Rohingya crisis is as much the international community’s problem, as Bangladesh’s
The World Bank, as part of its proposal for preparing a global Refugee Policy Review Framework has suggested to the Bangladesh government through a letter to grant freedom of movement of refugees, that they be given birth certificates, education, jobs and infrastructure. The Bangladesh government has made it clear that it does not want any measures that will lead to Ronhingyas being integrated into society. The reason for this seemingly harsh stand is purely practical. We just don't have the capacity to absorb more than a million people given the huge number of poor we have already, a number that has increased as a result of the economic fallout of Covid.
But it is also true that the Rohingya crisis is a very complex issue and it is hard to find any clear-cut solution given the volatile situation in a post-coup Myanmar and an army government that was instrumental in displacing the Rohingyas in the first place through persecution. Bangladesh generously accepted the Rohingyas (who were fleeing genocide in their homeland) because it was the right thing to do but over the last four years it has become increasingly difficult to bear the economic and social burden of being host to more than a million refugees. But what about the Rohingya people who are stranded in Bangladesh with excruciating uncertainty regarding their future? The international community has been providing humanitarian assistance to help Bangladesh cope with the crisis but donor fatigue is setting in resulting in fewer funds than committed, coming in.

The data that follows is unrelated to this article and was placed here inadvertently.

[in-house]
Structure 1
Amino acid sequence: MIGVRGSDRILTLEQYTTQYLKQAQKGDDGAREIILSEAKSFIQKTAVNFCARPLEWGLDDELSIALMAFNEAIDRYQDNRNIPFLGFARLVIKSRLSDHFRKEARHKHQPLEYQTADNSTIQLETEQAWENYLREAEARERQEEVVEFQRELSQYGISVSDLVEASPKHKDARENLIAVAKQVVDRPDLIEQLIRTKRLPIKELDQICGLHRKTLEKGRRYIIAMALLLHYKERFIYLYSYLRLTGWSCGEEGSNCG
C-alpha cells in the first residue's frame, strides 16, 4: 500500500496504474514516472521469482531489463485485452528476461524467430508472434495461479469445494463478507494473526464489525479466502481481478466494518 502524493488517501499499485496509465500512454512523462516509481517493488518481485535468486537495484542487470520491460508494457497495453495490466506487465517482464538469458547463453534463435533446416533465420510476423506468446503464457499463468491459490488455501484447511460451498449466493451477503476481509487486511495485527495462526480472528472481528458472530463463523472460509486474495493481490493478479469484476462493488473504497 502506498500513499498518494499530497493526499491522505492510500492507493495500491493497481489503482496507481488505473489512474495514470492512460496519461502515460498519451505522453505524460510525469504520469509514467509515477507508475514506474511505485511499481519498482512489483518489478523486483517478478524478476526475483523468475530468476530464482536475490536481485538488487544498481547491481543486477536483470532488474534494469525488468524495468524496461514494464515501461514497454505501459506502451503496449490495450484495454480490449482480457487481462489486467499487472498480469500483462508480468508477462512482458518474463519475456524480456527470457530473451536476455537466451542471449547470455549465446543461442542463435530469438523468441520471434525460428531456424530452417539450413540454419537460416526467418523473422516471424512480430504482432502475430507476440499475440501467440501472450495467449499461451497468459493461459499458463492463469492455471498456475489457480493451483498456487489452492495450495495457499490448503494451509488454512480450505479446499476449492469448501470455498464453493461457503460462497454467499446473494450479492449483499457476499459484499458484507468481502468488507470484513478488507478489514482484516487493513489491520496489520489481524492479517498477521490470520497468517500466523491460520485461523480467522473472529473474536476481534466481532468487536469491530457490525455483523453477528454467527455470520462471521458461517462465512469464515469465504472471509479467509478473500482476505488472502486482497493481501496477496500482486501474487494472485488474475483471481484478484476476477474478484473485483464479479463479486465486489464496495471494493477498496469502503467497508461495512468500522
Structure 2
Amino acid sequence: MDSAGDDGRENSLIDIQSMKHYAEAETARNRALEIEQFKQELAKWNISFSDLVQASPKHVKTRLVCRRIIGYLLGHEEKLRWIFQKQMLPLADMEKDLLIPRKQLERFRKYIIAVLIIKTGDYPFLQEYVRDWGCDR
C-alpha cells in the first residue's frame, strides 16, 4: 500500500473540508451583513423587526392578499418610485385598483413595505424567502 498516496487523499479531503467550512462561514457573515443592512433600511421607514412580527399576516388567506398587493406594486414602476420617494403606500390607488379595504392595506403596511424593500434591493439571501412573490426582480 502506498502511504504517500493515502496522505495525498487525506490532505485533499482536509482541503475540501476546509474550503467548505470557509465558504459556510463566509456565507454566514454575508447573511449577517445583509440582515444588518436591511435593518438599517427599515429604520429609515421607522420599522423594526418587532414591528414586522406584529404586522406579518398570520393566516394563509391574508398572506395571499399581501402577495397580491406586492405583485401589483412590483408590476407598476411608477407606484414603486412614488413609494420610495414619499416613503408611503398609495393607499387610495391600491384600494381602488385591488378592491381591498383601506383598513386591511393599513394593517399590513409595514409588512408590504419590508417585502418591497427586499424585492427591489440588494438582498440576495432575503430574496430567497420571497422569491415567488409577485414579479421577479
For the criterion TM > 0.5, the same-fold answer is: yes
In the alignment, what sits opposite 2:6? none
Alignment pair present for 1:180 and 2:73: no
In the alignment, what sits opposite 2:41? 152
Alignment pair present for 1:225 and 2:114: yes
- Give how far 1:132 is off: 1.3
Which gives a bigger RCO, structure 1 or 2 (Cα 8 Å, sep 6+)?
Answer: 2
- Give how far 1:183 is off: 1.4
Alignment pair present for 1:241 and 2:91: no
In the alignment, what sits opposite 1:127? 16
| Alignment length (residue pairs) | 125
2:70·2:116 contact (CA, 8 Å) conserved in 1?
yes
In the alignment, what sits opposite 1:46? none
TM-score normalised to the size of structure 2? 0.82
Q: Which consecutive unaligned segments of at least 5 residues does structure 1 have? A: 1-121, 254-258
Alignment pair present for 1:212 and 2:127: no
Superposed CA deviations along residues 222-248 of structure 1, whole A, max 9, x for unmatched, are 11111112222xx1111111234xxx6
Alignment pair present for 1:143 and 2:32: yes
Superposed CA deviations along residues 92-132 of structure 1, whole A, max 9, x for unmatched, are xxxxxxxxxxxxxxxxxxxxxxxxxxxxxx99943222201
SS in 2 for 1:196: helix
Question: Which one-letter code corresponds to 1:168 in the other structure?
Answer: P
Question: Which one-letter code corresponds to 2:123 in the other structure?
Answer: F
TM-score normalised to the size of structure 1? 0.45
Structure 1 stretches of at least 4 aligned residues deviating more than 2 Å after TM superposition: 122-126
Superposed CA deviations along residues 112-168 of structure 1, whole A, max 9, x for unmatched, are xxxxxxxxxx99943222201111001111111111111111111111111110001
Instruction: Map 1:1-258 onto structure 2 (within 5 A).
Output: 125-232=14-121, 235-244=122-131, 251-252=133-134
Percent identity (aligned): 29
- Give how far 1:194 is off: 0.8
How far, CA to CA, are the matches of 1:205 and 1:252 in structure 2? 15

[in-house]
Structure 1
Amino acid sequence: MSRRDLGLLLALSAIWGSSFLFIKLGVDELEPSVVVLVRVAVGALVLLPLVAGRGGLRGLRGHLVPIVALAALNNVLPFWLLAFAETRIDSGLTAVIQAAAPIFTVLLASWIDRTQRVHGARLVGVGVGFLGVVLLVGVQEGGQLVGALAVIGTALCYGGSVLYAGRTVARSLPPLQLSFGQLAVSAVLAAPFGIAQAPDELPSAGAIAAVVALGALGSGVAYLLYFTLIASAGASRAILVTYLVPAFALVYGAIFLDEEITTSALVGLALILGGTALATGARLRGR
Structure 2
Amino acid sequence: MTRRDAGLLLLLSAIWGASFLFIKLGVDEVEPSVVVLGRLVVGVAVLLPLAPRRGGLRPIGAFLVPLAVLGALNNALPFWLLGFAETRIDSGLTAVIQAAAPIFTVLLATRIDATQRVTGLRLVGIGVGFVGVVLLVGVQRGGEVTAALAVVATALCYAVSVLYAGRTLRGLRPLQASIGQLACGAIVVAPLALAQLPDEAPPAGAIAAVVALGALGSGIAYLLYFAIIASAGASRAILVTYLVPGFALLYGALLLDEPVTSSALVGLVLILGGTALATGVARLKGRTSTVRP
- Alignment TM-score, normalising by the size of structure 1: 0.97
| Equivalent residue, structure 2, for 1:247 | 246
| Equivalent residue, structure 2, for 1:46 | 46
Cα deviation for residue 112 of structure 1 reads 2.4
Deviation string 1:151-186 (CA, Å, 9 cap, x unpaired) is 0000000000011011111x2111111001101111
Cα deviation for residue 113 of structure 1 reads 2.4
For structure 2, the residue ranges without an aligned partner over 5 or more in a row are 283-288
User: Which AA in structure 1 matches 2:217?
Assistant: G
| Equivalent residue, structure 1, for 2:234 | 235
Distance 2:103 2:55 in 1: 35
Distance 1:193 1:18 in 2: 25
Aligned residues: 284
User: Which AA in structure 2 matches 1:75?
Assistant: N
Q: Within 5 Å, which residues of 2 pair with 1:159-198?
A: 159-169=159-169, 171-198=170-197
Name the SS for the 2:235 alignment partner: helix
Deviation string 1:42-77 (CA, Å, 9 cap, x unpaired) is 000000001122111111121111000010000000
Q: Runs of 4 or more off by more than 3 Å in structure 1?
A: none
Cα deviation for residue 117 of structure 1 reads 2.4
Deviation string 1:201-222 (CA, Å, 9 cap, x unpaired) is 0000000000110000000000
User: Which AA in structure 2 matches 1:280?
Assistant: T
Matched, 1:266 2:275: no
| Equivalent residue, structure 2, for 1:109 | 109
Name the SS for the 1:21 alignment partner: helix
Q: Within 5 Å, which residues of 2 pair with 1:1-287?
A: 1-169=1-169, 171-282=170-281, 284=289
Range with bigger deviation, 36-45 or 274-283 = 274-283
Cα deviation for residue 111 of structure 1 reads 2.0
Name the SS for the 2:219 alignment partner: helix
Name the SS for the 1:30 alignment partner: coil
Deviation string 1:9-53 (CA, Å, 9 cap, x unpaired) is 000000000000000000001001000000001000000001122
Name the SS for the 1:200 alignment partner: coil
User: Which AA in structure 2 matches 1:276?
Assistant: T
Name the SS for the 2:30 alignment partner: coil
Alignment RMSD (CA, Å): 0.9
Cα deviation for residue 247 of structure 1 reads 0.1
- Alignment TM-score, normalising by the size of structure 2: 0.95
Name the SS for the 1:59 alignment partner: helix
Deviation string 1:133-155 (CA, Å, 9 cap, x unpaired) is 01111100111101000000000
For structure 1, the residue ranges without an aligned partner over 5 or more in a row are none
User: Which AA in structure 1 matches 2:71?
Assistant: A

The international community should realise that this is not a problem created by Bangladesh—it is a problem created by Myanmar, dumped unfairly on Bangladesh. Despite resolutions from the UN, Myanmar has not budged and continues to ignore the crisis it has created. It has not given any clear indication that it will repatriate the stranded Rohingyas and will provide them with a safe and dignified return.
It is not the ideal solution that Rohingyas will be deprived of proper education, employment and birth registration while they are in Bangladesh and cannot move out of the camps. However, some concessions need to be made regarding education and income generating activities within the camps including the one at Bhashan Char where conditions are much better (at least till now) than the cramped camps in Cox's Bazar and Teknaf. But it is understandable that Bangladesh does not want to give the impression that the Rohingyas will be integrated into the mainstream society as that would only absolve Myanmar from all responsibility and would only add to Bangladesh's economic burden. The international community with greater involvement of Myanmar's trading partners such as China, India, Japan, Indonesia and Germany, ASEAN and OIC countries has a responsibility to formulate a strategy that will repatriate the Rohingya and ensure their safe return to their motherland. If this is not possible the international community must commit to absorbing this displaced population as they have done in other instances.